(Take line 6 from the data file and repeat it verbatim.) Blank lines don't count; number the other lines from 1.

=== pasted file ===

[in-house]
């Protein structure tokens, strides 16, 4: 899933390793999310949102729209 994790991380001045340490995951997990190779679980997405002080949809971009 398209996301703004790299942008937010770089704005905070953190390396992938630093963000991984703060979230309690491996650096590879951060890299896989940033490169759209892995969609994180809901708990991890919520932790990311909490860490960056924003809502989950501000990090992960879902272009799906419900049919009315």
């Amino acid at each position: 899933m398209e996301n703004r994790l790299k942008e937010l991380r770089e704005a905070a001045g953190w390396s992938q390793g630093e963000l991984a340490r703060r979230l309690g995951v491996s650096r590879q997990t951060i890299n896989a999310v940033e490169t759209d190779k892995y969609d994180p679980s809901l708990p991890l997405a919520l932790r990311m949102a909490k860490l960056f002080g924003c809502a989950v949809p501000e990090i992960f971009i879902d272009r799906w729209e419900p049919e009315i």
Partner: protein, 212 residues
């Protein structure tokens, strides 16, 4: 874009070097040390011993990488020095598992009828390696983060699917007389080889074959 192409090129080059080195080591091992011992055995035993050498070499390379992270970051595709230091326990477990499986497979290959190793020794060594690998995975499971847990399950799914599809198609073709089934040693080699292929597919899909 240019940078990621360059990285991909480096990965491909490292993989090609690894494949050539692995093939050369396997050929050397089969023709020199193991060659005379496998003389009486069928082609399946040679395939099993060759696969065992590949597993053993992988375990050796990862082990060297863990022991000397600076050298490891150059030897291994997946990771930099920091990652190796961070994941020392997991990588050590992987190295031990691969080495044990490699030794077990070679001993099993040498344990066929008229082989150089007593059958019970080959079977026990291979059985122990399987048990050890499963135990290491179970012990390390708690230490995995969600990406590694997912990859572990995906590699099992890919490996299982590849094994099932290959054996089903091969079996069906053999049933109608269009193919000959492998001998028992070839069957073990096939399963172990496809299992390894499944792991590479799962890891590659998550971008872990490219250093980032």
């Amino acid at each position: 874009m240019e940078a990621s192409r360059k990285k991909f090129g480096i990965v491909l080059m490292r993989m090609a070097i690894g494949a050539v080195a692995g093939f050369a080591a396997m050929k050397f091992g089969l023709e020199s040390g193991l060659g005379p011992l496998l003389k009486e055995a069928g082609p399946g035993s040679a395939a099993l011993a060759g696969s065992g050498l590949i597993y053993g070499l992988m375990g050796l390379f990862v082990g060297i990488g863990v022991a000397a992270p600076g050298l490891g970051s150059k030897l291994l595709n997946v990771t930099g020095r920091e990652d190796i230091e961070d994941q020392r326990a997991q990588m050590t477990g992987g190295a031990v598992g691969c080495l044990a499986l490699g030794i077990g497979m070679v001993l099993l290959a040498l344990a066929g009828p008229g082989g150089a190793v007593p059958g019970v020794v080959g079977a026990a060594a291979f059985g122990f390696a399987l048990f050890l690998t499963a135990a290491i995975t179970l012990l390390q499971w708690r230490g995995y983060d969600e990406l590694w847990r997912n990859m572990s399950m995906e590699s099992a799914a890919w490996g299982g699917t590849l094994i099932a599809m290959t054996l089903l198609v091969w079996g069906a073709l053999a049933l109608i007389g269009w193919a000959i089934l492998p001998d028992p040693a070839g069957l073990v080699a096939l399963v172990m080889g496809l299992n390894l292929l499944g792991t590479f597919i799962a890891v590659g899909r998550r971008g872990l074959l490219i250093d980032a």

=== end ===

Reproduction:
């Amino acid at each position: 874009m240019e940078a990621s192409r360059k990285k991909f090129g480096i990965v491909l080059m490292r993989m090609a070097i690894g494949a050539v080195a692995g093939f050369a080591a396997m050929k050397f091992g089969l023709e020199s040390g193991l060659g005379p011992l496998l003389k009486e055995a069928g082609p399946g035993s040679a395939a099993l011993a060759g696969s065992g050498l590949i597993y053993g070499l992988m375990g050796l390379f990862v082990g060297i990488g863990v022991a000397a992270p600076g050298l490891g970051s150059k030897l291994l595709n997946v990771t930099g020095r920091e990652d190796i230091e961070d994941q020392r326990a997991q990588m050590t477990g992987g190295a031990v598992g691969c080495l044990a499986l490699g030794i077990g497979m070679v001993l099993l290959a040498l344990a066929g009828p008229g082989g150089a190793v007593p059958g019970v020794v080959g079977a026990a060594a291979f059985g122990f390696a399987l048990f050890l690998t499963a135990a290491i995975t179970l012990l390390q499971w708690r230490g995995y983060d969600e990406l590694w847990r997912n990859m572990s399950m995906e590699s099992a799914a890919w490996g299982g699917t590849l094994i099932a599809m290959t054996l089903l198609v091969w079996g069906a073709l053999a049933l109608i007389g269009w193919a000959i089934l492998p001998d028992p040693a070839g069957l073990v080699a096939l399963v172990m080889g496809l299992n390894l292929l499944g792991t590479f597919i799962a890891v590659g899909r998550r971008g872990l074959l490219i250093d980032a």